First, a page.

Written by: Charles Casillo
Directed by: Mitchell Reichler and Brian Michael Finn
Starring: Charles Casillo, Dana Perry, and Ian Tomaschik
Reviewed by: Brett G.
Seduction. Betrayal. Murder.
What would you do if you had the unique gift of psychically experiencing a personís last moments before death? Thatís the question at the heart of Let Me Die Quietly, a neo-noir/murder mystery recently released by Breaking Glass Pictures. Tortured protagonists haunted by deception and sexual obsession abound in this leisurely-paced non-thriller.
Mario is the man with the gift in question; heís a world-weary, broken down guy who often sees agonizing victims. Lately, heís been haunted by the scene of a recent murder in Hellís Kitchen, and he attempts to help the police in their investigation. Coincidentally, he meets another psychic, Gabrielle, and they both embark upon a dark journey thatís destined to end in more bloodshed. Along the way, each will have to come to terms with themselves as they become wrapped up in the stuff nightmares are made of.
Let Me Die Quietly has all of the superficial qualities of film noir--a cynical protagonist, a mysterious femme fatale, lurid scenes of urban and moral decay, and plenty of twists and turns. What it lacks, however, is any sort of genuine intrigue because so little actually happens. The film essentially moves through Mario, who is quickly established through heaps of dialogue to be quite a sad sack; heís a talkative guy who takes solace in cops, his therapist, homeless guys, and even priests. Between all that and his noir voiceovers that pepper the narrative, you hear the guy say a whole lot in the way of some clichť, pseudo-philosophical musings that explain why heís such a pitiful bastard. Heís wears a weariness on his face well, as Casillo is appropriately sleepy-eyed and lethargic in the performance.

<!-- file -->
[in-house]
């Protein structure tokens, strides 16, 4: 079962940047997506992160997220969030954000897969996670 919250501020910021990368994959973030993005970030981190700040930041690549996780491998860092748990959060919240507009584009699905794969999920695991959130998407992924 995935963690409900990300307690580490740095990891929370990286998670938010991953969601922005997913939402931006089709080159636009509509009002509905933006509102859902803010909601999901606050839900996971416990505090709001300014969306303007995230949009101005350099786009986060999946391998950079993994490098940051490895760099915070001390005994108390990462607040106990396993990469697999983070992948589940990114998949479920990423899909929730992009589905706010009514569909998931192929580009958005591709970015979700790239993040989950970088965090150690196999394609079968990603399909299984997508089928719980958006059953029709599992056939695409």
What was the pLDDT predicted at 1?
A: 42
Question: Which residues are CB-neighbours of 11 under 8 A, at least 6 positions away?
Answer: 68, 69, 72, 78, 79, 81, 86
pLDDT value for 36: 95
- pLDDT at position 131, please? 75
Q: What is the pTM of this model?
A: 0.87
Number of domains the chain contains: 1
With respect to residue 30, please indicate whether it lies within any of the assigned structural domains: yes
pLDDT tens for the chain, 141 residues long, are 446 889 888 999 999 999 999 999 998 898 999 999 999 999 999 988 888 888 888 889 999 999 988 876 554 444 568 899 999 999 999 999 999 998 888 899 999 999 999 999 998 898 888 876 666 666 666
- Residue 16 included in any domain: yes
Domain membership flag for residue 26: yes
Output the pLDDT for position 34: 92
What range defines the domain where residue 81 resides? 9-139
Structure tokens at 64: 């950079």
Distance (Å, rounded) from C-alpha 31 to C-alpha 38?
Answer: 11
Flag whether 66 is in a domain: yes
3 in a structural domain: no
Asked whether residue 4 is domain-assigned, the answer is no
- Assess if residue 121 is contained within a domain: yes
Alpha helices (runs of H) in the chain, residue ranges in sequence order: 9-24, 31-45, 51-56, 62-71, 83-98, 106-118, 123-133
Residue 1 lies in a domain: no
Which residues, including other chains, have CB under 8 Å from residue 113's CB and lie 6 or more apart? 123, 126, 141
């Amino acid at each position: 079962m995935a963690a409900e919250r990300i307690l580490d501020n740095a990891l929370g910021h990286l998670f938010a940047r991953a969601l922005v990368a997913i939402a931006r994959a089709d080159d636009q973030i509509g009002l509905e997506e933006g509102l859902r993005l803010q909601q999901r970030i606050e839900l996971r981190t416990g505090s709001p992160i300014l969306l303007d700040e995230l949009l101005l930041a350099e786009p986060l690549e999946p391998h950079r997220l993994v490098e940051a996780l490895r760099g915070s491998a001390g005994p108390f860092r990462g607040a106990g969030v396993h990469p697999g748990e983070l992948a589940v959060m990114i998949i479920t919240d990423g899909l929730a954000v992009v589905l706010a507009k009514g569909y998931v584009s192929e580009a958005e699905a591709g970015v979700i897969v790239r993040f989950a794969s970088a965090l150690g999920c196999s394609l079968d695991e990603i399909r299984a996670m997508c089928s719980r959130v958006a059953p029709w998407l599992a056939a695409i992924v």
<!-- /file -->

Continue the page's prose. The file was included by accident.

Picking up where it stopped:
Itís no wonder a guy of this ilk gets involved in the filmís twisted plot. In reality, there are two: thereís the mystery surrounding the Hellís Kitchen murder, then an even more mysterious murder that hasnít been committed yet (the visions of our psychic duo tell us itís imminent though). Neither of the two has much to do with the other, but each gives the film a chance to show off some grisly, staccato murder images that further haunt our hero. The idea behind someone experiencing another personís expiring moments is interesting, though precious little is really done with it here, as the two plots actually manage to operate against each other. One is operating on that supernatural realm, whereas the other quickly degenerates into your standard conspiratorial murder plot. The filmís closing moments attempt to reconcile the two with a nonsensical attempt at existentialism and thoughts about sexual identity, but ultimately, this one doesnít have much to say besides ďbad things happen to good people."
Hardly a groundbreaking revelation, but this is an odd film that feels full of ideas, yet somehow manages to exhibit more style than substance. Said style is marked by some interesting camera work and a seemingly interminable score that attempts to bring too much drama to a film that really has none, but itís hardly enough stir the film from its somnolent pace. Breaking Glass recently brought the film home to DVD, and it features their usual offerings in the form of an anamorphic transfer and a stereo soundtrack. Special features include an interview with Casillo, a video of the Los Angeles premiere, and a theatrical trailer. Despite the good effort, this one is better off left dying quietly somewhere, just as the title suggests. Trash it!
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